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Can anti-driver impairment & distraction systems help to improve road safety?

Minster Law

Every day this week, we’ve been supporting Brake’s Road Safety Week by sharing interesting insights into innovative technologies that aim to improve safety on the road. In our seventh and final instalment, we look at anti-driver impairment and distraction systems – some of which seem like they’ve come straight out of a sci-fi movie!

Road casualties caused by drink driving may have fallen significantly over the past 50 years, but according to the Department of Transport, around 220 people are killed in drink driving-related incidents every year. The annual THINK! drink driving campaign targets those who think it’s okay to have a couple of drinks before driving around the festive season, but despite its hard-hitting messages, many people still take the risk…

In the UK, the penalties for being caught driving under the influence of alcohol are strict and include a minimum 12-month driving ban, hefty fine and even up to six months in prison. And in addition to this, the everyday consequences of being caught drink driving can also include loss of independence, an increase in car insurance costs, job loss and trouble travelling to some countries like the USA.

An alcohol detection interlock system is an in-vehicle breath-test that will disable the car’s ignition if the driver exceeds a pre-defined threshold, preventing driving over the limit. The systems are being increasingly used in commercial operations, and some European countries including France, Belgium and Sweden, even require interlocks to be fitted to public transport vehicles such as coaches and school buses.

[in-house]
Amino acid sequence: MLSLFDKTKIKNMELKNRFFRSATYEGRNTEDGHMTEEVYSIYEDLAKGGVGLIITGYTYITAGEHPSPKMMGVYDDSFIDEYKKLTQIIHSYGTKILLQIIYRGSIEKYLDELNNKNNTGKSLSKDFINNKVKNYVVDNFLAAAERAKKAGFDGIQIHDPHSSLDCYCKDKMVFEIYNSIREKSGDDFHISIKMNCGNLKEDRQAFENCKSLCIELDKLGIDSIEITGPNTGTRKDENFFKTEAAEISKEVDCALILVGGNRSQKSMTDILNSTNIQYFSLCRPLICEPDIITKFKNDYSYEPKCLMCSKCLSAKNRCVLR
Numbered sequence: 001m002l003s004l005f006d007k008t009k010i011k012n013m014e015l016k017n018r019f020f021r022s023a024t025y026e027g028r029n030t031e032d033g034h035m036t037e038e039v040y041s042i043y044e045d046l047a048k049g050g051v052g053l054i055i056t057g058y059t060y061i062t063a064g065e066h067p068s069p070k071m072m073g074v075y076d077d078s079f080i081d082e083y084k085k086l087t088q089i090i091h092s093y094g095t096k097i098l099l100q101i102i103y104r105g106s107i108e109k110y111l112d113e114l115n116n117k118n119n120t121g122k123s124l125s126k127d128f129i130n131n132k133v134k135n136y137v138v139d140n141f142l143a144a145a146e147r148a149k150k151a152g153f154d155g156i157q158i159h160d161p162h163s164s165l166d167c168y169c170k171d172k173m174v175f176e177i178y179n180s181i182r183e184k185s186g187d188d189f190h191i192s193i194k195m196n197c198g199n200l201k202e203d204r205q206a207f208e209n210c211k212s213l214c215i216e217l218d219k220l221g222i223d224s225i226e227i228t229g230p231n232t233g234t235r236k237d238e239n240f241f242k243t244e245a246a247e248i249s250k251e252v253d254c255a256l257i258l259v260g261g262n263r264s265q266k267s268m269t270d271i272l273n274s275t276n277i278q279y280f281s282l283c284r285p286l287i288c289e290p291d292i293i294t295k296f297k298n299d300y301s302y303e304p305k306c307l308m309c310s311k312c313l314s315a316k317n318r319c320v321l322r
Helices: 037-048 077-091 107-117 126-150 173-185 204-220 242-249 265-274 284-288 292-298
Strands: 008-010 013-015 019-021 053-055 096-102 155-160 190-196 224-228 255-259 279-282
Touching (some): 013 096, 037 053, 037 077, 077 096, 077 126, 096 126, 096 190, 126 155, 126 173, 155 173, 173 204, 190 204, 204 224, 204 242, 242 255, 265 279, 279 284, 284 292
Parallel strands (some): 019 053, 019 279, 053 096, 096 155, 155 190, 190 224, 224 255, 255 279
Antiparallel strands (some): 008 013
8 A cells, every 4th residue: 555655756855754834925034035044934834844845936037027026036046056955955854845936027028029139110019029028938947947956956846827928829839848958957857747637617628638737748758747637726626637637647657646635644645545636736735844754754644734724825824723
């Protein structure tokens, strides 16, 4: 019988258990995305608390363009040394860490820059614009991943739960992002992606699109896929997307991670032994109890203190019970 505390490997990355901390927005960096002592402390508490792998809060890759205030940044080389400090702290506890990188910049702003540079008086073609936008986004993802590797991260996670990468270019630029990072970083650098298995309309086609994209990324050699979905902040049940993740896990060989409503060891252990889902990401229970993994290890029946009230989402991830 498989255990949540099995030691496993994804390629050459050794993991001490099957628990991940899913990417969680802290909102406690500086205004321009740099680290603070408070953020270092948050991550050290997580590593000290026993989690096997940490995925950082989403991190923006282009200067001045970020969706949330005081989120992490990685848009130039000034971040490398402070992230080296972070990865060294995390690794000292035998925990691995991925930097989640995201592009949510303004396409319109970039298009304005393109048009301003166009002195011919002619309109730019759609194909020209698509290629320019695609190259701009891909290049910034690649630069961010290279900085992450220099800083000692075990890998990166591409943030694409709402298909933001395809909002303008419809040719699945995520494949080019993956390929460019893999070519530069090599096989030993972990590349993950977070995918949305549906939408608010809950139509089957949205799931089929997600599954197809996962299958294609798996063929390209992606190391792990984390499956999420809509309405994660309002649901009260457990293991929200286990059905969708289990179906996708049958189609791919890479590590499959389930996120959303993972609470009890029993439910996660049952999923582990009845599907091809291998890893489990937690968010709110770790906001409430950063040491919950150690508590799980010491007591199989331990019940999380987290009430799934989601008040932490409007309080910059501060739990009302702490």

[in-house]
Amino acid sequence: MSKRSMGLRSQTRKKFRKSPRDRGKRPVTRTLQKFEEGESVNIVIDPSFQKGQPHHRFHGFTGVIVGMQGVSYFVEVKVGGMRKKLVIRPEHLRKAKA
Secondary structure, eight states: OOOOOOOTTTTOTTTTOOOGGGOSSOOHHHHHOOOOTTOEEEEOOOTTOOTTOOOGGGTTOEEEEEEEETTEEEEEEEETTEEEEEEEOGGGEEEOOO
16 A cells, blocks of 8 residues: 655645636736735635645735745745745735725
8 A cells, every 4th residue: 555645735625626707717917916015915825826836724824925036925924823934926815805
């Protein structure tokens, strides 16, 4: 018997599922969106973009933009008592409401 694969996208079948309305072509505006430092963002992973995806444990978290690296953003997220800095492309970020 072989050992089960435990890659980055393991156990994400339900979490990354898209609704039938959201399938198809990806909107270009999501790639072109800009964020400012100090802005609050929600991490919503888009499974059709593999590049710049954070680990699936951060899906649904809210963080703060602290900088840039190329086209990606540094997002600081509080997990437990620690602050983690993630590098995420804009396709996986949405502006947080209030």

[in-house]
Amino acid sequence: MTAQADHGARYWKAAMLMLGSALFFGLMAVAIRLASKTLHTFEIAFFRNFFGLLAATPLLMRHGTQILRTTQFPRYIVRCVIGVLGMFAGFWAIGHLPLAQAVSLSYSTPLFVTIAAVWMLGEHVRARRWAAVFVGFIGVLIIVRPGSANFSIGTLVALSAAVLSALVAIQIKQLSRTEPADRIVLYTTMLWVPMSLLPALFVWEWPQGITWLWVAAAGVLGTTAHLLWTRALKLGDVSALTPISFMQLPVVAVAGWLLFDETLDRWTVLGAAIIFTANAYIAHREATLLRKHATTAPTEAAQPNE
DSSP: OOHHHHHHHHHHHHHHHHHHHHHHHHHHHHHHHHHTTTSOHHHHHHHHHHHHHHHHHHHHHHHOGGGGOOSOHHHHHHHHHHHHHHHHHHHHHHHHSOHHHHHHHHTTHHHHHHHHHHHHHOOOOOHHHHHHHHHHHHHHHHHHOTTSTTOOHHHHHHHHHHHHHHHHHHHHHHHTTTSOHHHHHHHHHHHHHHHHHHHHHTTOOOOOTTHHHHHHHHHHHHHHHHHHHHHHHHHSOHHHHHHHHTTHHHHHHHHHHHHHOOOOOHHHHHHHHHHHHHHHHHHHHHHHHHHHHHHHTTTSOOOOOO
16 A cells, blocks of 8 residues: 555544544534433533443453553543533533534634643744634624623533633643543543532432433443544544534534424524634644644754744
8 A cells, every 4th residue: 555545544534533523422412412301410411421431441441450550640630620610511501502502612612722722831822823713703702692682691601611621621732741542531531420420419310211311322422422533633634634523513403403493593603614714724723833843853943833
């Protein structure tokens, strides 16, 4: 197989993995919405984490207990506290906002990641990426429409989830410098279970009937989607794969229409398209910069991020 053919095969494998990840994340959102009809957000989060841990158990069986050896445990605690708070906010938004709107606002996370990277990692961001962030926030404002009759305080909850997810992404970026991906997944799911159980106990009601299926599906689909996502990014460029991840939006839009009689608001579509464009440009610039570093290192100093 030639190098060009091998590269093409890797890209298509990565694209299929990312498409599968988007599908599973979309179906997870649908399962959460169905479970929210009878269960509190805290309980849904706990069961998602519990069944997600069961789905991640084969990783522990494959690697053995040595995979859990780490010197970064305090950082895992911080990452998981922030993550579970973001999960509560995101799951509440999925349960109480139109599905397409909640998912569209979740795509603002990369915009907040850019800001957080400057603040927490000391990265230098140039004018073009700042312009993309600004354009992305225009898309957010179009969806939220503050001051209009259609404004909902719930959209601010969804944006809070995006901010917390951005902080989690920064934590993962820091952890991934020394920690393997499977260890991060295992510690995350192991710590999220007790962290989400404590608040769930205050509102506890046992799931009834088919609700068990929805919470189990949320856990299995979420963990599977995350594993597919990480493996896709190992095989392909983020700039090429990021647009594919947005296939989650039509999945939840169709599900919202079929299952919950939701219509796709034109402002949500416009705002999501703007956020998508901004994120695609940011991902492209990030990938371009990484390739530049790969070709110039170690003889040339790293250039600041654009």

In Britain, ‘alcolocks’ are a completely voluntary system but are already fitted on National Express coaches – the company installed them on more than 500 vehicles after a two-year trial. Road safety charity, IAM RoadSmart, is also supportive of the introduction of alcolocks in the UK.

According to Brake, fatigue is a major contributory factor in road accidents in the UK, with too little sleep affecting driver attention, awareness, reaction time and ability to control the vehicle. Driver Distraction and Drowsiness Recognition (DDDR) technology aims to help prevent accidents caused by the driver becoming drowsy and has been adopted by many major car brands.

In-vehicle DDDR systems are designed to detect symptoms of fatigue through changes in eye movement (e.g. slow eyelid closure and blink rate) as well as other head movements (e.g. nodding). If the system detects physical indicators of fatigue, it will warn the driver, indicating that they should take a break. Some DDDR systems also monitor heart rate and brain function as well as changes in steering and braking patterns. Audi’s Rest Recommendation System, BMW’s Active Driving Assistant, Nissan’s Driver Attention Alert and Volvo’s Driver Alert Control are just some examples of DDDR systems in practice.

Please click here to read more about how we’re supporting Brake’s Road Safety Week by raising awareness of innovation in road safety technology.